For the First Time, Number of Unemployed Who Attended College Outnumber Those Who Didn’t
Thursday, May 24, 2012
Parents may have a tougher time winning the argument with their children about the importance of attending college if their offspring hear the latest news from the U.S. Department of Labor.
As of April, the number of unemployed people (age 25 and older) who went to college was greater than the total of jobless workers with only a high school education. This is the first time in U.S. history that college-educated individuals have outnumbered those who never continued their formal education after high school.
In terms of total numbers, 4.7 million unemployed had gone to college or graduated while 4.3 million had skipped higher education altogether.
Jed Graham at Investor’s Business Daily noted that a greater share of the U.S. population today has attended college compared to 20 years ago during the recession of the early 1990s. This in part explains why, among the jobless, the college-educated are outnumbering others who stopped at high school.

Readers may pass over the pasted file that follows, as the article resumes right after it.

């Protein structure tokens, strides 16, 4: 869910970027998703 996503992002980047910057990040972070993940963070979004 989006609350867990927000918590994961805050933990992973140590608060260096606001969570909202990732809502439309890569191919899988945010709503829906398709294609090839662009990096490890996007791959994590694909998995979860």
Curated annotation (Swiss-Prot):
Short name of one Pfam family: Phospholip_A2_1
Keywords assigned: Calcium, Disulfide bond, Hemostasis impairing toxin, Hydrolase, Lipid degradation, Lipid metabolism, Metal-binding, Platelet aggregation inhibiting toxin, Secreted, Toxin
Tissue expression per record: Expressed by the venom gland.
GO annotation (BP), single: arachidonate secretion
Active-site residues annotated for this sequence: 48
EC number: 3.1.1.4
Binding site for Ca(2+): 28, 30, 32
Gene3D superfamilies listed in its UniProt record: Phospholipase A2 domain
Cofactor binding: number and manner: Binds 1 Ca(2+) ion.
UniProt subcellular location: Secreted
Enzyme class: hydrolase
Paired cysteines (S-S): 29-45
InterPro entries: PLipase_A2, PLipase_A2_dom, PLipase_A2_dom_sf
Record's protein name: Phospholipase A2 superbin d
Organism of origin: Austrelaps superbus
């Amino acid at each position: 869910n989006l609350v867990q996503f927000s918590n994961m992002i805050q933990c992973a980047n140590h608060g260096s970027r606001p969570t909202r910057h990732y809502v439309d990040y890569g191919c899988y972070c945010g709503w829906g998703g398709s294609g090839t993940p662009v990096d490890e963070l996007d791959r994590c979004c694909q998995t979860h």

As of last year, 57% of those 25 and up had attended some college. In 1992, the rate was only 43%. Meanwhile, “those without a high school diploma fell from 21% to 12% over that span,” wrote Graham.
Another factor is that more and more students who start college are forced to drop out because they cannot afford to continue. Of this group, 36% have been unable to find full-time employment.
To Learn More:
New Normal: Majority of Unemployed Attended College (by Jed Graham, Investor’s Business Daily)
Unemployment for Black Male College Graduates Almost Double That of Whites (by Noel Brinkerhoff, AllGov)
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